The matter comes up only July 18.


Outside court, Kambwili wondered what kind of a government the PF were who “don’t think”.

Lamenting the non-payment of lecturers at the University of Zambia, Copperbelt University, the imposition of a livestock movement ban in Southern Province and the big delegation of government officials to DR Congo, Kambwili wondered what kind of a government was in office.


“CBU, University of Zambia lecturers have not been paid, what’s’ going on? Treat people with respect when they give their services. Those people judiciously teach our children at the two learning institutions, they don’t deserve this treatment of not finding money to pay them,” Kambwili said.


“The University of Zambia, CBU are grant aided institutions. By law, government is obliged to send the grants every month to these institutions and one of the uses for these grants is to pay salaries to run the institution.”


Kambwili, who is leader of the opposition National Democratic Congress, said the PF government says one thing but does the opposite.


“[Higher education minister Professor Nkandu Luo] was today saying this country could never change by changing presidents if we don’t focus on education but how do you focus on education when you are not paying lecturers at the two highest learning institutions?” he asked.


“You have closed the Copperbelt University indefinitely; you are not even talking about it…as if the Copperbelt University is an extension of your own bedroom, yet you are talking about education. Can you be consistent when we talk about governance issues…in one breath you are saying let’s focus on education and in the other breath you have closed the learning institution indefinitely as if it belongs to yourself.”


Kambwili said the universities were government institutions.


“The executive is only there to run the country on behalf of the people of Zambia, meaning therefore the Copperbelt University belongs to the people of Zambia. Why have you, Nkandu Luo and President Lungu, closed the Copperbelt University and stopped talking about it? Is it because abana benu basambilile kubulaya (is it because your children studied overseas)? Can you think of the children of the poor who also have a timeframe in which to complete their education,” he said.


Kambwili demanded the immediate reopening of CBU and the payment of lecturers at both universities.


On the livestock movement ban in Southern Province, Kambwili wondered how people in the region were expected to survive.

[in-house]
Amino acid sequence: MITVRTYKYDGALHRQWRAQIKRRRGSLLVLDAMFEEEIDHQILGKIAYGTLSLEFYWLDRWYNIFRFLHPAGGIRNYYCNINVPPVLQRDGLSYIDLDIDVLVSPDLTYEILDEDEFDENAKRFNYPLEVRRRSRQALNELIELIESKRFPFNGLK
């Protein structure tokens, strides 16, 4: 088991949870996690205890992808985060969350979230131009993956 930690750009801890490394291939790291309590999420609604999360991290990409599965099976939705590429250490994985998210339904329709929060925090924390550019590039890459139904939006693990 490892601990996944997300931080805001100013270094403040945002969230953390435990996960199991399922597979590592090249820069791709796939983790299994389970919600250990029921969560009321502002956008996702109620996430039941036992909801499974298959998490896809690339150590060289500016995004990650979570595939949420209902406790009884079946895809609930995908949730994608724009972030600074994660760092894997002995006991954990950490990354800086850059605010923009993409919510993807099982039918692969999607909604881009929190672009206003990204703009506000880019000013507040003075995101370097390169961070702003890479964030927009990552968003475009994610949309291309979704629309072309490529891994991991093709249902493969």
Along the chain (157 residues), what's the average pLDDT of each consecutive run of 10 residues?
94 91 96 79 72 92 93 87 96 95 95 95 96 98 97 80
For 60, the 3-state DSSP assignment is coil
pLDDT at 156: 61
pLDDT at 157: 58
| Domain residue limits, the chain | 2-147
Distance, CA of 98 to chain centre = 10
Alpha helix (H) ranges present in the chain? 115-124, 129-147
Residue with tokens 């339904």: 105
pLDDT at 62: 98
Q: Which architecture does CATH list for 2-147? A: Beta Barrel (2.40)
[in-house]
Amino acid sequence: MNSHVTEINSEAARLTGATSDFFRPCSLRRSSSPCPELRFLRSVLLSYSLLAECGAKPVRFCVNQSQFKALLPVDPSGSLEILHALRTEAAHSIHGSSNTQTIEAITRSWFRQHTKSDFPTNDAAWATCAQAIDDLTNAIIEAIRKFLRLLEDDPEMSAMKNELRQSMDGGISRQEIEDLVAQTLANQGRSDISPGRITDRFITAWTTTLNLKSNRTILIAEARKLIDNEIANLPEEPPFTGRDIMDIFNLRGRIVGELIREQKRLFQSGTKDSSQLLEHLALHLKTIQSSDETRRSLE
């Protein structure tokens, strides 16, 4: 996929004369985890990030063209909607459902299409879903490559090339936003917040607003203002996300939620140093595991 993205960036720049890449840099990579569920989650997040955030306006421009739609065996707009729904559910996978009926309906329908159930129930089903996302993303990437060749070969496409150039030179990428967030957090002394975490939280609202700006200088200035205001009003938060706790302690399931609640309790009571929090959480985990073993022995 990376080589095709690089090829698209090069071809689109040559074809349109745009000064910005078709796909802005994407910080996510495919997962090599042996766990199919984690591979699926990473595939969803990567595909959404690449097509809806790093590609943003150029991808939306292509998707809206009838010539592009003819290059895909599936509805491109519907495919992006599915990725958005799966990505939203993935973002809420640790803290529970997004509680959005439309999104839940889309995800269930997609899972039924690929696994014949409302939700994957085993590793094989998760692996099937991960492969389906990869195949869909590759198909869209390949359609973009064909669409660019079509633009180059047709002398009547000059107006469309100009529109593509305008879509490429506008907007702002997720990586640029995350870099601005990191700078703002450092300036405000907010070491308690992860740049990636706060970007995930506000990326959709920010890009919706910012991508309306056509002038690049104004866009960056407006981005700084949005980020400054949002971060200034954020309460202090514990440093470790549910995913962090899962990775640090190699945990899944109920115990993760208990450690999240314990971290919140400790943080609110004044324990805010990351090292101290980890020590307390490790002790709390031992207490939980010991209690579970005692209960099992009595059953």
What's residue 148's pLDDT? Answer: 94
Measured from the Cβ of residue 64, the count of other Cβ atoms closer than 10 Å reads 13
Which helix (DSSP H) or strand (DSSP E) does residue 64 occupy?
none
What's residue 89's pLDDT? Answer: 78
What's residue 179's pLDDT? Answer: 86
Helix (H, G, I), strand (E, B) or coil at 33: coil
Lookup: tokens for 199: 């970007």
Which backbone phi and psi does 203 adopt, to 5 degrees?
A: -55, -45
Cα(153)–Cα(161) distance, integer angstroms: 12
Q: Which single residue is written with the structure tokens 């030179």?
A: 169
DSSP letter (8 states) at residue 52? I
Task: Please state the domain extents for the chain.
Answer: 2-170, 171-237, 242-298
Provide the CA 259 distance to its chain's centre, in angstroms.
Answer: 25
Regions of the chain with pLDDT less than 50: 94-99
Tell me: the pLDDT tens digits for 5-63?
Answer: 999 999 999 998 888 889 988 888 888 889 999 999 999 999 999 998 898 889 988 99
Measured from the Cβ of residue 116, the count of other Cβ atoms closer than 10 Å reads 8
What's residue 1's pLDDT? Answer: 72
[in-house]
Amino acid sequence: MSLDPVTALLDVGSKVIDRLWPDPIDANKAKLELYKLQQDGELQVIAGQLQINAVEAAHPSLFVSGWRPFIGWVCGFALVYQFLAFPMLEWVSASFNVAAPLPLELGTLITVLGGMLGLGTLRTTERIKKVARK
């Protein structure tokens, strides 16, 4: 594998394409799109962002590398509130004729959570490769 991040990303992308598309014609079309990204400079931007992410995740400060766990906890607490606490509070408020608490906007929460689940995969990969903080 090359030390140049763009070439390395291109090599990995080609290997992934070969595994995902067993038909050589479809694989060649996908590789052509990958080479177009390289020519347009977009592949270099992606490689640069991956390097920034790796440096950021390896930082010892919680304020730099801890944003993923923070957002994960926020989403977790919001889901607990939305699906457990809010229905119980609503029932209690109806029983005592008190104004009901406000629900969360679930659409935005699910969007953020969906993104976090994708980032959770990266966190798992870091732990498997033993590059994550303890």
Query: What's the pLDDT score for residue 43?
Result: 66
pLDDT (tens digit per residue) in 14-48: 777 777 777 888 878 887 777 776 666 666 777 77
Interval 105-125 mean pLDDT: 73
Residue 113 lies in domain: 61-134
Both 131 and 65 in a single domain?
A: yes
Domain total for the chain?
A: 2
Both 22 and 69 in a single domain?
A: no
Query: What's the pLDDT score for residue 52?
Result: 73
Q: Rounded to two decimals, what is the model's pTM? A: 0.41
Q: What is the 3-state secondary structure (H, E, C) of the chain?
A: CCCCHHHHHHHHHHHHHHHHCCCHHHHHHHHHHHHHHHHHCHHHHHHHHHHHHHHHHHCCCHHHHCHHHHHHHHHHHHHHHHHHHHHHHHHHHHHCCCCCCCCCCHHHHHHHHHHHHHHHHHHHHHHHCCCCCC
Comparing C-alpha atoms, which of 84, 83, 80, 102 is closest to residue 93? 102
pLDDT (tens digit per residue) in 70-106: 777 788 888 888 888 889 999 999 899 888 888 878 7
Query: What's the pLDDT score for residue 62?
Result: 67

“Are you telling us that Southern Province is not part of Zambia? You know that there was a drought in Southern Province but you go and introduce animal movement ban, you are not allowing them to take their animals from Southern Province to go and sell in other parts of the country. How do you expect these people to take their children to school? How do you expect them to survive? You know that the Southerners only survive on agriculture, it’s either through the growing of maize or animal husbandry, but you go and impose a stock movement ban on the people that did not have good rains to have crops like maize, groundnuts and other crops grown through the agriculture sector. What kind of a government are you who don’t think?”


Kambwili also criticized President Lungu’s decision to attend the state funeral of veteran DRC opposition leader Etienne Tshisekedi in Kinsasha over the weekend accompanied by several government leaders.


Tshisekedi, 84, who died in Belgium in 2017, was the father of current President Felix Tshisekedi.


“All you think of is to go to Congo to go and mourn the father of the president who died two years ago…and you are insulting the people of Zambia as though we are so useless and can’t analyse issues,” said Kambwili.


“What has a provincial minister got to do with a funeral – three provincial ministers, two cabinet ministers…five ministers in total? When the President travels, he travels with a minimum of 30 security personnel. Under austerity measures you tell permanent secretaries not to move for 90 days but you go and lift a plane, taking 30 security personnel, you take five ministers to go and mourn a father of a president who died two years ago. Kwena Lesa Lungu wamufunishe kwii?”